We recently used the migration of the prospective prechordal plate in early zebrafish embryos as a new convenient model system to assess the function of candidate genes in controlling in vivo cell migration4,5. Prospective prechordal plate (also known as anterior mesendoderm) is a group of cells forming at the onset of gastrulation on the dorsal side of the embryo. During gastrulation this group collectively migrates towards the animal pole of the embryo6-8, to form the prechordal plate, a mesendodermal thickening, anterior to the notochord, and underlying the neural plate. The anterior part of the prechordal plate will give rise to the hatching gland, while its posterior part likely contributes to head mesoderm9. Thanks to the external development and optical clarity of the fish embryo, cell migration can be directly and easily observed in this structure.

    Cell transplantation is a very potent technique that allows for the rapid and easy creation of mosaic embryos10. Expressing fluorescent cytoskeletal markers in transplanted cells results in the labeling of isolated cells, the morphology and dynamics of which can be easily observed. Combining this to loss or gain of function approaches permits the analysis of cell-autonomous functions of a candidate gene.

    The presented protocol describes how we assessed the function of the TORC2 component Sin1 in controlling cell migration and actin dynamics in vivo5. But, as mentioned in the results and further discussed, it could be used to analyze the potential implication of any candidate gene in controlling cell migration in vivo.

    Subscription Required. Please recommend JoVE to your librarian.


    Note: Figure 1 presents the outline of the protocol.

    1. Preparation of the Needles for Injection and Transplantation

    Note: Needles can be prepared at any time and stored. Keep them in a Petri dish, on a band of modeling clay. Seal the dish with parafilm to protect from dust.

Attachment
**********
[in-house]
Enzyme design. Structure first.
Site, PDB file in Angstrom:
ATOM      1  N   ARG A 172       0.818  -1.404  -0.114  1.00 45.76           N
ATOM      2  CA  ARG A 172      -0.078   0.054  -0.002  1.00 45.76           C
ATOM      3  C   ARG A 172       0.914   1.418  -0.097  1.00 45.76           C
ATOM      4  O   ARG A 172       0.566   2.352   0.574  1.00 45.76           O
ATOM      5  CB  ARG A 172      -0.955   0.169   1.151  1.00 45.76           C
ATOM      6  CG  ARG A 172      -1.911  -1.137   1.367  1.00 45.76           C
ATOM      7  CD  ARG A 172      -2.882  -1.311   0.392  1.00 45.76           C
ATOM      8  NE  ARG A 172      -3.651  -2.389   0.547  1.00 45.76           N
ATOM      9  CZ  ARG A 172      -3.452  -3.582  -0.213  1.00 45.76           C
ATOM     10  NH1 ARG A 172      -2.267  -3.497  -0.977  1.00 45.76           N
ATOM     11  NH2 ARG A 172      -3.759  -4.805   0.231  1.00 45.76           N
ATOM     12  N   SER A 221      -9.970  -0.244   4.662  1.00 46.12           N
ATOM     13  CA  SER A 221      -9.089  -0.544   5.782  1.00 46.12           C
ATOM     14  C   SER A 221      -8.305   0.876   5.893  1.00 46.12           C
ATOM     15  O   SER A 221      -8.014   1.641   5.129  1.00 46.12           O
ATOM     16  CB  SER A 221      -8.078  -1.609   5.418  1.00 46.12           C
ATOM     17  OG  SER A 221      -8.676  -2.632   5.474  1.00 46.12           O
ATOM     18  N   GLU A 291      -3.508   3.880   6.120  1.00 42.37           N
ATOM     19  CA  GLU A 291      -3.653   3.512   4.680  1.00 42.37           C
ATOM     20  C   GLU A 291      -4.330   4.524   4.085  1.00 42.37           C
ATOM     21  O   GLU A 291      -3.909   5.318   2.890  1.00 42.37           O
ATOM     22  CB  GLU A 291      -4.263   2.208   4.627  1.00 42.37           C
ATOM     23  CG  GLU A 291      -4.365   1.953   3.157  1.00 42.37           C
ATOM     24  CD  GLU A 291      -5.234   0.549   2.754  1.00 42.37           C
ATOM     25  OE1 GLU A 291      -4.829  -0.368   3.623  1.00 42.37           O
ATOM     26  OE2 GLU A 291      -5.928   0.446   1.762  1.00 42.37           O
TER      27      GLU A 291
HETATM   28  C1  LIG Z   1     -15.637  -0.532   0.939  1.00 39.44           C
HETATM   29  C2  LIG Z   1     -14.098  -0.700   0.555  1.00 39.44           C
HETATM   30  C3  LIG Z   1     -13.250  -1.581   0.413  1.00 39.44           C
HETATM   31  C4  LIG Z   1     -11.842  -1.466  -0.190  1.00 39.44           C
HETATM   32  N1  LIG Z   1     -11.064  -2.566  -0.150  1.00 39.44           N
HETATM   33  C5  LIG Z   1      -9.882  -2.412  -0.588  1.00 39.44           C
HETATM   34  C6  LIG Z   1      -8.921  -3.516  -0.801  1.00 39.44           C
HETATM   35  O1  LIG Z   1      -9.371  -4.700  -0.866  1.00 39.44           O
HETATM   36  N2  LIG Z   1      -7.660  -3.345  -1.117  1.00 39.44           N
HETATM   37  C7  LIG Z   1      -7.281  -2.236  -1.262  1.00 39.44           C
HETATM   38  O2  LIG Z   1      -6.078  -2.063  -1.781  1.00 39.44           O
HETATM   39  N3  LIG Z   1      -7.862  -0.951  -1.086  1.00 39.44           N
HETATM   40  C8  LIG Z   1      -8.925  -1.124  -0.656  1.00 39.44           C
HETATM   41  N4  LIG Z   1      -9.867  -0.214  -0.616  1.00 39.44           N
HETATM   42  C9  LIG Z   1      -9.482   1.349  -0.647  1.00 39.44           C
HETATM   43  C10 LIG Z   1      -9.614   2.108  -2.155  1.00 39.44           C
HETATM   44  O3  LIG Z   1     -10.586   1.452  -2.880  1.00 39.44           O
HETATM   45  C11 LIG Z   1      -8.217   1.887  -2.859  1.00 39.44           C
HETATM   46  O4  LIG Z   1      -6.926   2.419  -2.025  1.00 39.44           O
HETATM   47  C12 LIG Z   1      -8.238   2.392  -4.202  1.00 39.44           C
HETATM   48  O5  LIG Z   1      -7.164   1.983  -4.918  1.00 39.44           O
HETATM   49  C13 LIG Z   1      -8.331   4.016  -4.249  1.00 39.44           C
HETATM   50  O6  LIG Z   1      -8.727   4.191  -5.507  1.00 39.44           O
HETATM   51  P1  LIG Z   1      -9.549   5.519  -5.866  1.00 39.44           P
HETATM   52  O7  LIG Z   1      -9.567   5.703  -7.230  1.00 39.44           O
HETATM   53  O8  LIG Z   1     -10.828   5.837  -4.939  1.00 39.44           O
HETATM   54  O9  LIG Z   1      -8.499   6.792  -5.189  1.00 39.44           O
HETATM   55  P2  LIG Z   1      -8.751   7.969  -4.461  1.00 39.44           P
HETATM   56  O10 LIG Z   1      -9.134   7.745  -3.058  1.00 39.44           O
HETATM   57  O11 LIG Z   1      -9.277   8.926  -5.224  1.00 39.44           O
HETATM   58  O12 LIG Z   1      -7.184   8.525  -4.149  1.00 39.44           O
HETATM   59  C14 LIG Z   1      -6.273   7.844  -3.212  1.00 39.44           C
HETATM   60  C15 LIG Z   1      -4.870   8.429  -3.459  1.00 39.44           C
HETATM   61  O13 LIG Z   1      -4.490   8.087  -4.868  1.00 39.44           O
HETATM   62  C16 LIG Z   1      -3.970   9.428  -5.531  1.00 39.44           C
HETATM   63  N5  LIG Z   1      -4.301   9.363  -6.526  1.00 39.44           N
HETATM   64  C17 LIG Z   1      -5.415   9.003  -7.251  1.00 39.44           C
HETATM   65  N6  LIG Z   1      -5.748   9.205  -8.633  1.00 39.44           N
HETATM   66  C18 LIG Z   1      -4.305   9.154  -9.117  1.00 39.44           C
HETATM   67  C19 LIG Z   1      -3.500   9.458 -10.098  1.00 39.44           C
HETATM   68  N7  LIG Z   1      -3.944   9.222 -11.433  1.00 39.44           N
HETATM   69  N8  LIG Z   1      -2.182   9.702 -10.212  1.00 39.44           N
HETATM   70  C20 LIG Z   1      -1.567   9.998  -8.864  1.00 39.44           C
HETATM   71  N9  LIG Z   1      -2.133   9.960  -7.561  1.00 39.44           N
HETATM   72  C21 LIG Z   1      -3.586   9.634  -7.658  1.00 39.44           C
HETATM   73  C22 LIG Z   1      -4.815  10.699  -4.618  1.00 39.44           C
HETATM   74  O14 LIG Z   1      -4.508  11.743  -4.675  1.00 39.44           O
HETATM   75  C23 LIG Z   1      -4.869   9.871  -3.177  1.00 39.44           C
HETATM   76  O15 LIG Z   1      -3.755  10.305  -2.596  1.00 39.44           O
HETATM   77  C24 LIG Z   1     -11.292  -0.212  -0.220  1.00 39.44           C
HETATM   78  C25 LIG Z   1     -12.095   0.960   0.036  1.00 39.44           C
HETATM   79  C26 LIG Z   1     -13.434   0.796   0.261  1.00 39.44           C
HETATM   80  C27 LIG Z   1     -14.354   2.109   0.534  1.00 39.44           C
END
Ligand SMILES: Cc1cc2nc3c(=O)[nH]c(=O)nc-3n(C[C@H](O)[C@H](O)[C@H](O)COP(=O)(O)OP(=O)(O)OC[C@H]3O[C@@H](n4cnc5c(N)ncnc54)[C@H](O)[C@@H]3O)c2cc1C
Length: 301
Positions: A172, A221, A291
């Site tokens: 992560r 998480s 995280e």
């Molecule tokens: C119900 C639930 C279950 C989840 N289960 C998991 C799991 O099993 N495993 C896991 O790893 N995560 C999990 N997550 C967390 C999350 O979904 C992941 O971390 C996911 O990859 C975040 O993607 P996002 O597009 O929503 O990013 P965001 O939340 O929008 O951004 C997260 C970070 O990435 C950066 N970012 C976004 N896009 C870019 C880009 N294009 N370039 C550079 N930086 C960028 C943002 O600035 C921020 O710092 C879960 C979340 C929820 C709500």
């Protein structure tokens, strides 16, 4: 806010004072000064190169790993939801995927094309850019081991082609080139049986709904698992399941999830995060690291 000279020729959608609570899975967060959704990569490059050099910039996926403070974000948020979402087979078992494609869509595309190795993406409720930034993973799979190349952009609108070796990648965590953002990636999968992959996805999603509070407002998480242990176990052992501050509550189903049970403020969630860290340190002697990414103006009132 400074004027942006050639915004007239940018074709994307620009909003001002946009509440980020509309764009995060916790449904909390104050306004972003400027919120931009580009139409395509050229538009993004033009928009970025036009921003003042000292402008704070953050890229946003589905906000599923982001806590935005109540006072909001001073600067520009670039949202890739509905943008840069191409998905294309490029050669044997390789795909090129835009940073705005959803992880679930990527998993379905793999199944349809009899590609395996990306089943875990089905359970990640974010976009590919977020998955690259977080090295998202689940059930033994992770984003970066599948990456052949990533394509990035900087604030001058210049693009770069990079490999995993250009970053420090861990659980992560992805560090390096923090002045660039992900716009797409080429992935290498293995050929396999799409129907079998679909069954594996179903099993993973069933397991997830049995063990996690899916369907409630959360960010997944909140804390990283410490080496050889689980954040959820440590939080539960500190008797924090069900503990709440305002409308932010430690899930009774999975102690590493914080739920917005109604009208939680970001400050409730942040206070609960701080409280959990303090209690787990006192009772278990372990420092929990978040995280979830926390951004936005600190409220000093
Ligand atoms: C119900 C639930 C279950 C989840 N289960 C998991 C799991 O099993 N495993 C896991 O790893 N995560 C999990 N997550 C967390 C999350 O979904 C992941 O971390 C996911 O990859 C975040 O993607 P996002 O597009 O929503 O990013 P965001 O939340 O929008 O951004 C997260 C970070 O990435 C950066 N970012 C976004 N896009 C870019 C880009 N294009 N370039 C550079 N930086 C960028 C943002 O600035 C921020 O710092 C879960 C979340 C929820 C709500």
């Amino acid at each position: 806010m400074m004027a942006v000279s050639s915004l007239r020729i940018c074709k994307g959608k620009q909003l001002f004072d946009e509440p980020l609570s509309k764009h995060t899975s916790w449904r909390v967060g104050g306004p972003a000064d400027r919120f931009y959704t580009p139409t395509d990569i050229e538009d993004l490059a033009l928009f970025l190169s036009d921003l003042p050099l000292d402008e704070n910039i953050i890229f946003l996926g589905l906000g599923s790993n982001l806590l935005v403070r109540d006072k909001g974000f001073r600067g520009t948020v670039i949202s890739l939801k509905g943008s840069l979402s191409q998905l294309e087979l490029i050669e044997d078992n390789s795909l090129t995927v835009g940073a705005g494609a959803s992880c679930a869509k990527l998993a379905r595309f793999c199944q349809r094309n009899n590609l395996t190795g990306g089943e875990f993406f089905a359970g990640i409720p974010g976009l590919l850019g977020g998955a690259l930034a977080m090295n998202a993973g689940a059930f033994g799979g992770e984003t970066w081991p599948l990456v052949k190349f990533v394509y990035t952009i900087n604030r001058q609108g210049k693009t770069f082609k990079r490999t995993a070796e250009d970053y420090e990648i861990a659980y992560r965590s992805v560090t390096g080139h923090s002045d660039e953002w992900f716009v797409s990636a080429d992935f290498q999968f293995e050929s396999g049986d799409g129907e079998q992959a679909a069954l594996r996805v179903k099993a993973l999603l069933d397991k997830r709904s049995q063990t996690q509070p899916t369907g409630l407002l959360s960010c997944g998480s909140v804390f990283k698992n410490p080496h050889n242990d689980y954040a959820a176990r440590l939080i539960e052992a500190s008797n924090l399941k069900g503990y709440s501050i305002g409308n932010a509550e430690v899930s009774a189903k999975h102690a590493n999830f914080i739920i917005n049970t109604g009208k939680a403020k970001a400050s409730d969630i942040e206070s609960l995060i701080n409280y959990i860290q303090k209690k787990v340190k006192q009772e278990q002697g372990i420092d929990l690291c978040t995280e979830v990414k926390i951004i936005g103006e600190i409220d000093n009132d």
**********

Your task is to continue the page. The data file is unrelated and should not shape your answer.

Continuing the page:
1. For injection needles, pull a glass capillary (outside diameter 1.0 mm, inside diameter 0.58 mm, without filament (see list of Materials)) with a micropipette puller (see list of Materials). Prefer short and thin needles (tapered part of about 5 mm) as they are more efficient for piercing the chorion.
      Note: The injection needles are single-use.
    2. Needle for Cell Transplantation
      1. Pull a glass capillary (outside diameter 1.0 mm, inside diameter 0.78 mm, without filament (see list of Materials)) with a micropipette puller.
      2. Using a microforge (see list of materials), cut the tip of the needle at the point where the inside diameter is 35 µm (slightly more than the diameter of cells to be transplanted).
      3. Bevel the cut extremity of the capillary with a microgrinder (see list of Materials) with an angle of 45°.
      4. Optionally, pull a barb on the end of the needle using a microforge. For this, touch the hot filament with the tip of the bevel and rapidly pull it away, creating a barb that can help penetrating the embryo.
      5. Mount the needle on a needle holder attached to a syringe. Using the syringe, rinse the inside of the needle three times with 2% hydrofluoric acid to eliminate glass residues, and then rinse three times with acetone.
        Caution: hydrofluoric acid is toxic, manipulate under the hood, with gloves.